It’s a fact that women leave science and tech jobs in disproportionate numbers, and the gender gap is alive and well in both fields. Until now, the reasons for the under-representation and high turnover haven’t been documented through a thorough research study.
Well, it’s time to reveal the real reasons behind the gender gap in the science and tech fields. Thanks to a study conducted by the Center for Work-Life Policy which will be published in the Harvard Business Review in June, there are hard numbers to support the secrets behind the gender gap in these industries.
Unlike the suspicions of a former Harvard President who three years ago asserted that women are under-represented in the science and tech fields because they lack what it takes to excel in those fields (note, those comments prompted this study), the reasons behind the gender gap are quite disturbing.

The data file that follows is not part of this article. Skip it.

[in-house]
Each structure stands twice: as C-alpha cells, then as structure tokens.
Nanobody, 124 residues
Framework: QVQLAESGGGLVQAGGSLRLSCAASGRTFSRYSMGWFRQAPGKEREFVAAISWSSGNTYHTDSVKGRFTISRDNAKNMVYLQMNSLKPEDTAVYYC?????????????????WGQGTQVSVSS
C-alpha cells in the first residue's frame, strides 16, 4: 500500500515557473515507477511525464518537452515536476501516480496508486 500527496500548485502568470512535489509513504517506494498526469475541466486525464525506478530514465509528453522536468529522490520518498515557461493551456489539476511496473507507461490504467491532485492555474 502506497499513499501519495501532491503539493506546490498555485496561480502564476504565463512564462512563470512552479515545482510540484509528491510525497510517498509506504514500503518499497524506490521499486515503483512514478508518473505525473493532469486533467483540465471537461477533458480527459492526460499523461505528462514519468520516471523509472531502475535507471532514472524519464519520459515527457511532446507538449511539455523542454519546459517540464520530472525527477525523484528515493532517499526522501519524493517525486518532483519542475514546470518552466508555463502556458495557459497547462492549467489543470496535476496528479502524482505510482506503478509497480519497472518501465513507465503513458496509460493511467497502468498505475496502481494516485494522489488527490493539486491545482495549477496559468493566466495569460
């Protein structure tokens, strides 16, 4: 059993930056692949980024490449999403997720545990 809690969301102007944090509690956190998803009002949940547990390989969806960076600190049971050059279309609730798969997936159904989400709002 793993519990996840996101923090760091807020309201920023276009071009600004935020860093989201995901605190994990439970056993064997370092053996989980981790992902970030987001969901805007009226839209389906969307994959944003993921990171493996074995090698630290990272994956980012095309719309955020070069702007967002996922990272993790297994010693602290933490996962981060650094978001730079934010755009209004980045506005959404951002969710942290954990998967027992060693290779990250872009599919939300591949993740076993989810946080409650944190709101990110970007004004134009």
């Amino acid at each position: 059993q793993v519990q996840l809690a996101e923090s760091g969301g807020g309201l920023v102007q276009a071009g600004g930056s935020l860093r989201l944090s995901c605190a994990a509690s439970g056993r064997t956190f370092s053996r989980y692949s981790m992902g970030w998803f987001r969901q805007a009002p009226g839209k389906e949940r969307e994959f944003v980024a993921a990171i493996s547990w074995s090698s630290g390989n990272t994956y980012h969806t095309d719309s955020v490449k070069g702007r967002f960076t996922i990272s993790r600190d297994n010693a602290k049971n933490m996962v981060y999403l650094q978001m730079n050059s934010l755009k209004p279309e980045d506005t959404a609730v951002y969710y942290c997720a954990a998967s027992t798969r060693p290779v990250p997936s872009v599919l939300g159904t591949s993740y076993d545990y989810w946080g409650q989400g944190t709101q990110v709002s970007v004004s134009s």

Here’s what the study of 2,493 people (1,000 men and 1,493 women) working in the science and tech fields found:
- A pervasive macho culture wherein men are hostile to female colleagues (53% of women said in order to succeed in their careers, they were required to "act like a man")
- Sexual harassment (63% of women have experienced sexual harassment on the job)
- Lack of mentors (51% of engineers, for example, said they did not have mentors)
- Hours that suit men with wives at home but not working mothers (41% of technology workers said they have to be available 24/7, which is nearly impossible with a family at home)
These are startling and disappointing statistics. We’ll have to wait and see if businesses change their cultures to reduce the gender gap in the science and tech fields in the future. Let’s hope so!